West Ham’s accounts outline the club’s fear of falling into financial meltdown, with Premier League survival described as an ‘absolute necessity’ after pre-tax losses of £28.2million amid a significant increase in wages.
Only goal difference is keeping David Moyes’ side outside of the bottom three and the impact of dropping down to the Championship would have ‘serious financial consequences’, Tuesday’s report reveals.
West Ham, who host Liverpool at the London Stadium on Wednesday, saw their wage bill rise by almost £30m in 2018-19, going from £106.6m to £135.8m after heavy player investment.
West Ham owners (L-R) David Sullivan and David Gold are under increasing pressure
West Ham’s accounts show how financial stability could be threatened by relegation
David Moyes’ side are only outside of the relegation zone on goal difference
That went towards recruiting the likes of Jack Wilshere, Felipe Anderson and Andriy Yarmolenko, yet they have now secured only three wins since September and sacked Manuel Pellegrini in December.
David Sullivan confirms they spent £107.9m on signings in the summer of 2018, following Pellegrini’s arrival.
They also have a net spend of £214.4m on signings over the last four years.
West Ham fans protested the club’s ownership before their recent match against Everton
West Ham fans displayed a banner during the protests in honour of their former stadium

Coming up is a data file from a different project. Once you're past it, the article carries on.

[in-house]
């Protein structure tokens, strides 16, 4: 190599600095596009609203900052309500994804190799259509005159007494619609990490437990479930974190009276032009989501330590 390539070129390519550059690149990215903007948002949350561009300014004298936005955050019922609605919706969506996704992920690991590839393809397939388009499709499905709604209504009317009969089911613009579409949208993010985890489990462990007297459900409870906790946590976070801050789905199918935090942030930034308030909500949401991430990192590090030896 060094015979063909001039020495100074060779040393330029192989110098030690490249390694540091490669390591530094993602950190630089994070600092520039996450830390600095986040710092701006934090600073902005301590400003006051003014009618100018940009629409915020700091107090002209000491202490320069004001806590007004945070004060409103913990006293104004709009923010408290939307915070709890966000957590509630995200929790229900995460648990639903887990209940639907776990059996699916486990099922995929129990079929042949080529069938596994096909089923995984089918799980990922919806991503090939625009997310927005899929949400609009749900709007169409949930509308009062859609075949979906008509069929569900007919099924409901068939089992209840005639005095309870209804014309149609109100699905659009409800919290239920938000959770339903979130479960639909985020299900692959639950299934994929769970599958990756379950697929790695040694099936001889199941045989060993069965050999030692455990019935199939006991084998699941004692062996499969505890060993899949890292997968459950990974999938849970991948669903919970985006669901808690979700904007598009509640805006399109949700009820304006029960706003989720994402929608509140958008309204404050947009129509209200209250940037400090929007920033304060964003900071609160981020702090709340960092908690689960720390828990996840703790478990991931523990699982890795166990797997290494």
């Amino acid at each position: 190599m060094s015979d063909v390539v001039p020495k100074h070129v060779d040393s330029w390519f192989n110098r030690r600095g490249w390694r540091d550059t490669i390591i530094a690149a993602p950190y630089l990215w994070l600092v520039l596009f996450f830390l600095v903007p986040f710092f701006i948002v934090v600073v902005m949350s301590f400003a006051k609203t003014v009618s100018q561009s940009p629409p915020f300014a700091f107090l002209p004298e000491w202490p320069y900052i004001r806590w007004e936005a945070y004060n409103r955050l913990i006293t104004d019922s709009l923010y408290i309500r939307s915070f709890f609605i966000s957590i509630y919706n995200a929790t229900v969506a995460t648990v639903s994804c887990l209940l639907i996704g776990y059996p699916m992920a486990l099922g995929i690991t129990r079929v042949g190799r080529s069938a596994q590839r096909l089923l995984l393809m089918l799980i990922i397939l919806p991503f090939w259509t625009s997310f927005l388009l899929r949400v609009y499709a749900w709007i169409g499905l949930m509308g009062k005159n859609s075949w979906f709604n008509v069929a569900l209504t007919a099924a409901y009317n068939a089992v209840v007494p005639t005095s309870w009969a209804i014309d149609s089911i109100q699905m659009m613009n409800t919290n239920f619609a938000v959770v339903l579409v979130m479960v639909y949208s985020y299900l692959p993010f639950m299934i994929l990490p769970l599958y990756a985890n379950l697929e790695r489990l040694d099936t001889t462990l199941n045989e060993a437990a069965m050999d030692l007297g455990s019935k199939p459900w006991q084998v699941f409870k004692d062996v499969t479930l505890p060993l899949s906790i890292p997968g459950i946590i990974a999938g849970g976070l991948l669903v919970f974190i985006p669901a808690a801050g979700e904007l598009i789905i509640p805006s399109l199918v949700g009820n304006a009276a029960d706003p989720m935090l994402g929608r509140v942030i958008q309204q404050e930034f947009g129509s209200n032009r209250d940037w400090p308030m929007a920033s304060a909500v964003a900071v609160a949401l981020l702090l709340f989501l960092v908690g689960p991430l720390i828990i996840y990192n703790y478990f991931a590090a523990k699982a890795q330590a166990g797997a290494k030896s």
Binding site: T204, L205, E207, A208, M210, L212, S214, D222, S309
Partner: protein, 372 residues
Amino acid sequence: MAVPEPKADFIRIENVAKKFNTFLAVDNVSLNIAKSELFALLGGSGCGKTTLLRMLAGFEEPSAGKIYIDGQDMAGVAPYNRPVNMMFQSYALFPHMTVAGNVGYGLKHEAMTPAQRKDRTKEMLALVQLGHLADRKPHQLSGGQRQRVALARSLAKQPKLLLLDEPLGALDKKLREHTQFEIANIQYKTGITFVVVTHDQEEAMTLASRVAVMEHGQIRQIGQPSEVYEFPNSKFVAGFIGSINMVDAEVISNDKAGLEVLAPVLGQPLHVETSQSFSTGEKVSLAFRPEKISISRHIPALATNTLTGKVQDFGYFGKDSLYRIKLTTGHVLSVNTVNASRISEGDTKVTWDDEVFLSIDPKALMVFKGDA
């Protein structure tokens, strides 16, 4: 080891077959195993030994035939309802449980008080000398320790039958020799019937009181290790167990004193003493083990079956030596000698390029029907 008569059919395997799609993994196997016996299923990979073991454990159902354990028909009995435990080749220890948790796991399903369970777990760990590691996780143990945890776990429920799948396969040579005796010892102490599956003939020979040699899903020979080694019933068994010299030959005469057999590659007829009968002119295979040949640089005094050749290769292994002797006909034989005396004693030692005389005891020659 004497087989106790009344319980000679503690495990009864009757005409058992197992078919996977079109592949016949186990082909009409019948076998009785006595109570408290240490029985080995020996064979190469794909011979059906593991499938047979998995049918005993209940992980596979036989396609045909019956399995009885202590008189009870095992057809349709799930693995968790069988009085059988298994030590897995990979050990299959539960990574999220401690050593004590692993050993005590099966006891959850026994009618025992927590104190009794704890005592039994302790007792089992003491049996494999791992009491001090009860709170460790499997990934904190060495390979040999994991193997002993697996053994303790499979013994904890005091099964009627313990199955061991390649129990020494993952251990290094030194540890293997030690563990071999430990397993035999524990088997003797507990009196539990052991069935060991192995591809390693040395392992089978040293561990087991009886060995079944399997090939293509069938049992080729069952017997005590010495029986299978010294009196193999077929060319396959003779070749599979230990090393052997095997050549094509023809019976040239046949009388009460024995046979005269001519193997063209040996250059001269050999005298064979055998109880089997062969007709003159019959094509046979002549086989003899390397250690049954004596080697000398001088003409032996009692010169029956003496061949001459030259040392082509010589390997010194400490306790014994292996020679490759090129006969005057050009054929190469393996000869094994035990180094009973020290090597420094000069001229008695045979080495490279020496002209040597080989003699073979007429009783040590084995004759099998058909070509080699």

Pellegrini is described as a ‘world-class manager’ in the club’s accounts. Former boss Moyes replaced him and fans have recently protested against the ownership of David Sullivan and David Gold.
In the report, Sullivan writes: ‘The board made a decision at the beginning of 2018 to embark on an investment programme that would involve bringing in a world-class manager, investing in better players and making significant investment into the club’s infrastructure.
‘As a result of this new strategy we signed Manuel Pellegrini, who has the most successful track record as a manager in the club’s history, invested £107.9m in transfer fees and grew the wage cost to £135.8m for the first team squad, management and staff and invested £4m into facilities at Rush Green (for the first team) and Chadwell Heath (for the academy). We also spent £0.6m in setting up a women’s team in the FA Women’s Super League.’
West Ham’s departure from Upton Park to the London stadium has not been too popular
Sullivan’s statement was written in October, when the club were in good form under Pellegrini and were chasing European qualification as they sat eighth in the Premier League.
The highest-paid director at the club was Karren Brady, whose salary increased from £898,000 to £1.136m.
West Ham claim their losses of £28.8m were largely down to investment in the squad and facilities at their Rush Green training ground, which has been criticised recently.